The performances are also uniformly excellent, particularly from the principals, Sophie (Young-ae Lee), Lee (Byung-hun Lee) and especially from Kang-ho Song, who plays the North Korean Sergeant Oh. Kang-ho has been in a couple of Park’s films but is best known for his collaborations with Joon-ho Bong, director of Parasite. They all have to play characters who essentially have dual roles – not in the cheesy thriller character playing two parts sense, but in the sense that they have to keep parts of their own underlying characters under wraps. Lee has a reputation as a bad-ass that seems to be almost entirely unfounded, except for his ability at a quick-draw. Oh has a sort of goofy amiability, but has trained Communist soldiers around the world and is at his heart a proud citizen of the northern Republic. Sophie has been brought into the situation as a neutral whose job is to shed light on the situation without enflaming it, but she sets up one scenario after another that just escalates the tensions.
It’s a story about a delicate balance between friendship, secrecy and divided loyalty. The borders that separate these soldiers of two warring nations can be crossed by a simple, short footbridge, and yet in many other ways they are forced apart. And it never reduces the situations to the simplistic bromides of “borders don’t really exist” and “can’t we all get along.” Though that might be a product of the times in which it were made: in early 2000, a relatively sympathetic representation of North Korean soldiers was unheard of in Korean cinema. Park and his producer mused that they might be thrown in jail for the film.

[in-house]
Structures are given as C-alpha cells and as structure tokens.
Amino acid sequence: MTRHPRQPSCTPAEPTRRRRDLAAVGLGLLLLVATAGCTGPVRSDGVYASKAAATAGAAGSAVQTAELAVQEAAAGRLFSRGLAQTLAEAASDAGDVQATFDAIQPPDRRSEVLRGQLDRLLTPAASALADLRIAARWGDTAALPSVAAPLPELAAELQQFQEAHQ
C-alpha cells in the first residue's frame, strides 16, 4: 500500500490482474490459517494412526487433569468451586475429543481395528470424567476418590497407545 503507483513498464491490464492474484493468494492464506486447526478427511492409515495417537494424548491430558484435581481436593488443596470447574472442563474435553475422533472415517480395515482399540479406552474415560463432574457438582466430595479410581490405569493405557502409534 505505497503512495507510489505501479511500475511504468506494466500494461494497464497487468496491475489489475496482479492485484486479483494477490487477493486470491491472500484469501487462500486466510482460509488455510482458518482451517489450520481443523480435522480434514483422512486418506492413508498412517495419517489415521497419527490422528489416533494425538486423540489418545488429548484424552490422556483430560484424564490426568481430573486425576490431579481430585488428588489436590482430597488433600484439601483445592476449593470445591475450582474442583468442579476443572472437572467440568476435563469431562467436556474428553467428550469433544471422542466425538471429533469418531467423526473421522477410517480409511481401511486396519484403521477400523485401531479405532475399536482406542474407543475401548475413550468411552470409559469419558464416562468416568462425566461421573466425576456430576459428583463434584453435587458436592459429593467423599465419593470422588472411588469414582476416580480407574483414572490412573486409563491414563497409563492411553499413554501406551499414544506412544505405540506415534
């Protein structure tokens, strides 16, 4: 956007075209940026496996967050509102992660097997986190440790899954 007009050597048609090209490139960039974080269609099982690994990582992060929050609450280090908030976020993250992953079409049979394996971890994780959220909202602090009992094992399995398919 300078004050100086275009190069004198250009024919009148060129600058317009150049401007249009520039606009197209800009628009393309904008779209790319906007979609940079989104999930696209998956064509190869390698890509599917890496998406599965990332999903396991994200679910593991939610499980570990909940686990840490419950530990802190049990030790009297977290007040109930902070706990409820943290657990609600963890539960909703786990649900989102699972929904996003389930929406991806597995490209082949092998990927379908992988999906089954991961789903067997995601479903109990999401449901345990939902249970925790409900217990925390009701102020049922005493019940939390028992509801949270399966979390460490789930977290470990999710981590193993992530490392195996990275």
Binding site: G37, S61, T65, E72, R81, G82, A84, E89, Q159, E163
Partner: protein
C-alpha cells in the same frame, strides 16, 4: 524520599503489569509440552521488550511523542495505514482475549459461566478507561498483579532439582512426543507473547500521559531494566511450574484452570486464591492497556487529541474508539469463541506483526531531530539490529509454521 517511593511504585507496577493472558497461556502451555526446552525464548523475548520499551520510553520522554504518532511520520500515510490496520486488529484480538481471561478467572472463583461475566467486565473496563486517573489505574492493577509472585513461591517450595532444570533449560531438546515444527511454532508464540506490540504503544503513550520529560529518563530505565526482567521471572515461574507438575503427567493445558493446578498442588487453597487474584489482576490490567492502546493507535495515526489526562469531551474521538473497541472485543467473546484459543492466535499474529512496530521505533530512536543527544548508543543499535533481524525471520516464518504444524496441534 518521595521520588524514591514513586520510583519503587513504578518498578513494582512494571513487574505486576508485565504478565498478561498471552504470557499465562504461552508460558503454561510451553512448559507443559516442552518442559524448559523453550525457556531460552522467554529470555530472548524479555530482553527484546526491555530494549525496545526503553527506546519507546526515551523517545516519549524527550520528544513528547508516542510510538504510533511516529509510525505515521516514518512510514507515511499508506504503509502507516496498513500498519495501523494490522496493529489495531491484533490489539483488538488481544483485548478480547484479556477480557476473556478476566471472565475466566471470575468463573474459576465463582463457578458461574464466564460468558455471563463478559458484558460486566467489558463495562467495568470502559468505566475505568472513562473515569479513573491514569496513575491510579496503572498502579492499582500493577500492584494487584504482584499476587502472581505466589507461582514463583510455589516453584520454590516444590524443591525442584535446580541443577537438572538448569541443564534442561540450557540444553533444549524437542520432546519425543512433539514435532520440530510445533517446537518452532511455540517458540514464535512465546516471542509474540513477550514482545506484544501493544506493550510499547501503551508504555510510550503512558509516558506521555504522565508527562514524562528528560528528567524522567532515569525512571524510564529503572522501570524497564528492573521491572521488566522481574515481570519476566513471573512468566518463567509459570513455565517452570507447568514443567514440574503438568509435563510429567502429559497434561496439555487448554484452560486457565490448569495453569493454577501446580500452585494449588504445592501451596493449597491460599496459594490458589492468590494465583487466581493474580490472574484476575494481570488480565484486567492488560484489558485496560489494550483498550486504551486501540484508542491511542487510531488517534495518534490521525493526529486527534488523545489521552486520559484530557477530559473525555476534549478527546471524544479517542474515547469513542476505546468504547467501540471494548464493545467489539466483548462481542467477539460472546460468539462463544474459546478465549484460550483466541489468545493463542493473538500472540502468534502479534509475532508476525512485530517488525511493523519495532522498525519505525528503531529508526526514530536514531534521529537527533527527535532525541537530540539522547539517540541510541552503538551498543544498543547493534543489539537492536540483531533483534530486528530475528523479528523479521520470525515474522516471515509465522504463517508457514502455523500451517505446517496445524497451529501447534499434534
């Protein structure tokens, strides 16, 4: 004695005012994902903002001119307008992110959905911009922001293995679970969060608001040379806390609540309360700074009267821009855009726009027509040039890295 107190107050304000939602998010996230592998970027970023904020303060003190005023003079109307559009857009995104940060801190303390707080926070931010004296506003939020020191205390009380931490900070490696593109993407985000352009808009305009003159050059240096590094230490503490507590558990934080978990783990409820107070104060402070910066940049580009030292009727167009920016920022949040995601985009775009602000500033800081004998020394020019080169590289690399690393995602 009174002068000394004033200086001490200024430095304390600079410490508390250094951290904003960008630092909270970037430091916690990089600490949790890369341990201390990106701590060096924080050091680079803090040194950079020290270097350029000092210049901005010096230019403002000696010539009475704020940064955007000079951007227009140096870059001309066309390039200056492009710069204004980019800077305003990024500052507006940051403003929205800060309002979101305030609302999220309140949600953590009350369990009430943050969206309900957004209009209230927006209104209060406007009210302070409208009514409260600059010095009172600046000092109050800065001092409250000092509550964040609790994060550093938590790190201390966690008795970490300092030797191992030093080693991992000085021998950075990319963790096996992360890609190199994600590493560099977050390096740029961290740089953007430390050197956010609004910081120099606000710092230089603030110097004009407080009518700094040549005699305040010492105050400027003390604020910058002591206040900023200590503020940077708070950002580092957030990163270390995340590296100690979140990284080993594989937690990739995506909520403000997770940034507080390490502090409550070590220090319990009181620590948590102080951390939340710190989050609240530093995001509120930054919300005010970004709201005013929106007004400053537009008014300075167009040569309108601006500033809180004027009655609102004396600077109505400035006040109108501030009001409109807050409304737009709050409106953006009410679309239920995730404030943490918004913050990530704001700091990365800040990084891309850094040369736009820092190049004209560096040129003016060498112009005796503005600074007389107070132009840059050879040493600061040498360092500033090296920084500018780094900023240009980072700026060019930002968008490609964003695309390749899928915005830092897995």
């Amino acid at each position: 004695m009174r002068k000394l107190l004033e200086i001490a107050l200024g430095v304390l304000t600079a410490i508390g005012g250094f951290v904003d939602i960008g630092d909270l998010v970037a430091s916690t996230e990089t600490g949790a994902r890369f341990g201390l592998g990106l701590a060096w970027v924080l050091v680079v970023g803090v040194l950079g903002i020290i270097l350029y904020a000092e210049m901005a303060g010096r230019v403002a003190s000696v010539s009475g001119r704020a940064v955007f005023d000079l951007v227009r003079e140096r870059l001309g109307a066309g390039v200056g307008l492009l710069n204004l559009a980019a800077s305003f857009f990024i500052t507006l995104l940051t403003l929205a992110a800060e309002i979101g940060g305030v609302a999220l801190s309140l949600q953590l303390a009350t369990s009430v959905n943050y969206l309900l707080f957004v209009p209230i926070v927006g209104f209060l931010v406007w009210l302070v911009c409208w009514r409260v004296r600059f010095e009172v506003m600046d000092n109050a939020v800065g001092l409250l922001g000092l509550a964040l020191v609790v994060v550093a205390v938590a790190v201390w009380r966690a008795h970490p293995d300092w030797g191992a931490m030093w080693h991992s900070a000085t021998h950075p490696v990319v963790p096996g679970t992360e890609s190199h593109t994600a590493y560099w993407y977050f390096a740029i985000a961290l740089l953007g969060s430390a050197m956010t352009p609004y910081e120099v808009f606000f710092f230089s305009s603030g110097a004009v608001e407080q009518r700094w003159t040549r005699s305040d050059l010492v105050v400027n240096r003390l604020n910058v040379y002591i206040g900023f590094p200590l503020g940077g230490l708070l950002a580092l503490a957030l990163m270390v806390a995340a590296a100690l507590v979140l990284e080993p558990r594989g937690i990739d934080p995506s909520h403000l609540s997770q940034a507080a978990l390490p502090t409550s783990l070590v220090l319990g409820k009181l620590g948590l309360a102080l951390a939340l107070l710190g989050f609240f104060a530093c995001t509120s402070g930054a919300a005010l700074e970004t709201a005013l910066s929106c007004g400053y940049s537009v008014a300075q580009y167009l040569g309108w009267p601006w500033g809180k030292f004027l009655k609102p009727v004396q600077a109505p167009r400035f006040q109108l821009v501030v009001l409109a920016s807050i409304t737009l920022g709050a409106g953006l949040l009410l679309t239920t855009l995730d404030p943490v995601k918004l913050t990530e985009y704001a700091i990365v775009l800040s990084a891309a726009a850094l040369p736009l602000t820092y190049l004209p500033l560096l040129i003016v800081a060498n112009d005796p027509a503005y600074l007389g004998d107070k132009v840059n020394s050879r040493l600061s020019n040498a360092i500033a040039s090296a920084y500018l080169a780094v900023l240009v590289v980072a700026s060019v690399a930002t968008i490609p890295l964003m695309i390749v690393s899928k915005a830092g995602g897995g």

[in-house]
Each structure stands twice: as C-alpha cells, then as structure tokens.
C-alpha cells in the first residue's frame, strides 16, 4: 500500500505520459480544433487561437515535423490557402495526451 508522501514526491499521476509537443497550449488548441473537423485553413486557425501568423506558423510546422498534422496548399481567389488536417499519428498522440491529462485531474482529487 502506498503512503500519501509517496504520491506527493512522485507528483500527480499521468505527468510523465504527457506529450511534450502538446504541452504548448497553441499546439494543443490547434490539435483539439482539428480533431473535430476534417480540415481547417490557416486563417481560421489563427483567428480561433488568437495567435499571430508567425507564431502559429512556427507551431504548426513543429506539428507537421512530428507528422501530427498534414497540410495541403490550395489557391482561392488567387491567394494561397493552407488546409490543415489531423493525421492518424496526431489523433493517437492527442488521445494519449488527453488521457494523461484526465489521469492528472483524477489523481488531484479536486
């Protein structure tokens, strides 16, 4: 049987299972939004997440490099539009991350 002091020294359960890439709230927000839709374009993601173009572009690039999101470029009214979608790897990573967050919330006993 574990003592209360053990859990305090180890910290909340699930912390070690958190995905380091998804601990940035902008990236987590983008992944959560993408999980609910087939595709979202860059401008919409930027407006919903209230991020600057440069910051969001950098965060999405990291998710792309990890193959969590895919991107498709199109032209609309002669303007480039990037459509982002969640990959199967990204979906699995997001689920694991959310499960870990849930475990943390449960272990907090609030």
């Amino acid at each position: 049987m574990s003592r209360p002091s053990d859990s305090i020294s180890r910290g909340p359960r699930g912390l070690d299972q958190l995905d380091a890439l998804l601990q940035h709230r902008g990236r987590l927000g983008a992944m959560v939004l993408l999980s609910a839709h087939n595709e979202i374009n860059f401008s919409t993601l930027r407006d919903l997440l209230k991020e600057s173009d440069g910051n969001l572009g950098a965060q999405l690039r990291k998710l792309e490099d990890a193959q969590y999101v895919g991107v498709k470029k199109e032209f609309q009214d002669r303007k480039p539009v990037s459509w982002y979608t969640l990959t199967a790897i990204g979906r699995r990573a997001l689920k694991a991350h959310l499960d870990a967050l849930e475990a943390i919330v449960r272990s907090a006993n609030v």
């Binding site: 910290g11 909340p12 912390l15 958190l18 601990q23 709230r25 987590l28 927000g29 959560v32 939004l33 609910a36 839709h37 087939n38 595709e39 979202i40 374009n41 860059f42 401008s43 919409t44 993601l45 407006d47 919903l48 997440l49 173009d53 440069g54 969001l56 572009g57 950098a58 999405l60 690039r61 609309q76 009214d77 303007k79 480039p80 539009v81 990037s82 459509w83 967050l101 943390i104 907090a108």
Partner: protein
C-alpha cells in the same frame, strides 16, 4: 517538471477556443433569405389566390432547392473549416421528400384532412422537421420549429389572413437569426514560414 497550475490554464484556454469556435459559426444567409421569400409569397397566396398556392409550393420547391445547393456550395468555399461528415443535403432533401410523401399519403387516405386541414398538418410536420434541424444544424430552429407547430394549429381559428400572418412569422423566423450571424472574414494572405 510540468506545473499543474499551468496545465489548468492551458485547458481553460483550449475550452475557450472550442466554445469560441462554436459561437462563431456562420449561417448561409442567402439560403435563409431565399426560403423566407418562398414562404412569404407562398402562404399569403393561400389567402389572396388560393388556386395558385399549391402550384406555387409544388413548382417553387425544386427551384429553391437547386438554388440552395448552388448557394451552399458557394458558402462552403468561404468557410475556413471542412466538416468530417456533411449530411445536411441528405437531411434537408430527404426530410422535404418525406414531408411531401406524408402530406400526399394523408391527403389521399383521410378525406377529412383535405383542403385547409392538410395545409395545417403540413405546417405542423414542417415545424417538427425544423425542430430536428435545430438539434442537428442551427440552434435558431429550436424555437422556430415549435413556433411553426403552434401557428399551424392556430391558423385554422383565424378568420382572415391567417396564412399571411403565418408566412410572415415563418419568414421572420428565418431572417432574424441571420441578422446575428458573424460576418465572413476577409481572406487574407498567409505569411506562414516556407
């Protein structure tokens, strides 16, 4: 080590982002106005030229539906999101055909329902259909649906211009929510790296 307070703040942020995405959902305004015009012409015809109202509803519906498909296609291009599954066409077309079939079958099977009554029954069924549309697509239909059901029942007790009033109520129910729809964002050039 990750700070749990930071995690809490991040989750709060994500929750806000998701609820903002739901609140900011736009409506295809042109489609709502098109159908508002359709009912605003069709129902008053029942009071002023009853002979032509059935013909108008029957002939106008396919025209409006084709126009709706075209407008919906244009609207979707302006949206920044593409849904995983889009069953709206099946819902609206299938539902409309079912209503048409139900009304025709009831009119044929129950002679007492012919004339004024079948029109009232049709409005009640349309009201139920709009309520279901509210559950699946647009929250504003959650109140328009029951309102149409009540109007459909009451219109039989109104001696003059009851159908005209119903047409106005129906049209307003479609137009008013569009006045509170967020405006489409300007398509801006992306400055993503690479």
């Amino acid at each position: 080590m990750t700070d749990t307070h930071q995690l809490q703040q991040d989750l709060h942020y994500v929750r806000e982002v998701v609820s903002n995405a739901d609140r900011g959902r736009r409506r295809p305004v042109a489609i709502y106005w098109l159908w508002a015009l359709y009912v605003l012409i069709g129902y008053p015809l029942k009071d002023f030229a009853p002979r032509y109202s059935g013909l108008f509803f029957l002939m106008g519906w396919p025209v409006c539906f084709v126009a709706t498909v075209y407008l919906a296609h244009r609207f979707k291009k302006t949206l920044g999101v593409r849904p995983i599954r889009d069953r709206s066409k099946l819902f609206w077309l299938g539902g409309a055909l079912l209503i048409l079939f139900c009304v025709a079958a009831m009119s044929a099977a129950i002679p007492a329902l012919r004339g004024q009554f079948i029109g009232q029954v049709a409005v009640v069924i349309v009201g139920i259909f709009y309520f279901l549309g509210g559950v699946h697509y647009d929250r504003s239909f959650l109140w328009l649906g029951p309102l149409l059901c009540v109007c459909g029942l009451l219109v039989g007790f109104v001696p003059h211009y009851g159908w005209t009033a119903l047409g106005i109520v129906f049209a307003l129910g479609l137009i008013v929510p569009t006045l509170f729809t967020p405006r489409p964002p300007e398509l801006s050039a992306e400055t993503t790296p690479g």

Despite that, from an American perspective JSA: Joint Security Area feels like Park’s most mainstream film. A respectable, but never dull because of that respectability, drama that tells a complex story clearly and stylishly without ever getting overwhelmed in that style. His later films might have more of the wild and cultish sensibility that draws weirdos (myself included) into investigating the Asian cinema of the early ’00s, but JSA shows that the talented filmmaker and storyteller that gives those madder films substance was already fully-formed before he fully took flight.
JSA: Joint Security Area has been released on Blu-ray by Arrow video. The film has Korean audio and English subtitles. Extras on the disc include a new audio commentary by critic Simon Ward. There’s a new video extra, “Stepping Over Boundaries” (36 min) by Jasper Sharp on the film and Park’s career in general. Archival video extras include “The JSA Story” (37 min) and “Making the Film” (14 min), both featurettes about the production. “About JSA” (3 min), a short about the cast; “Behind the Scenes Montage” (15 min); and Opening Ceremony (3 min). There are also trailers and promo spots, and a pair of music videos. There’s an essay by Kieran Fisher on the film in the included booklet.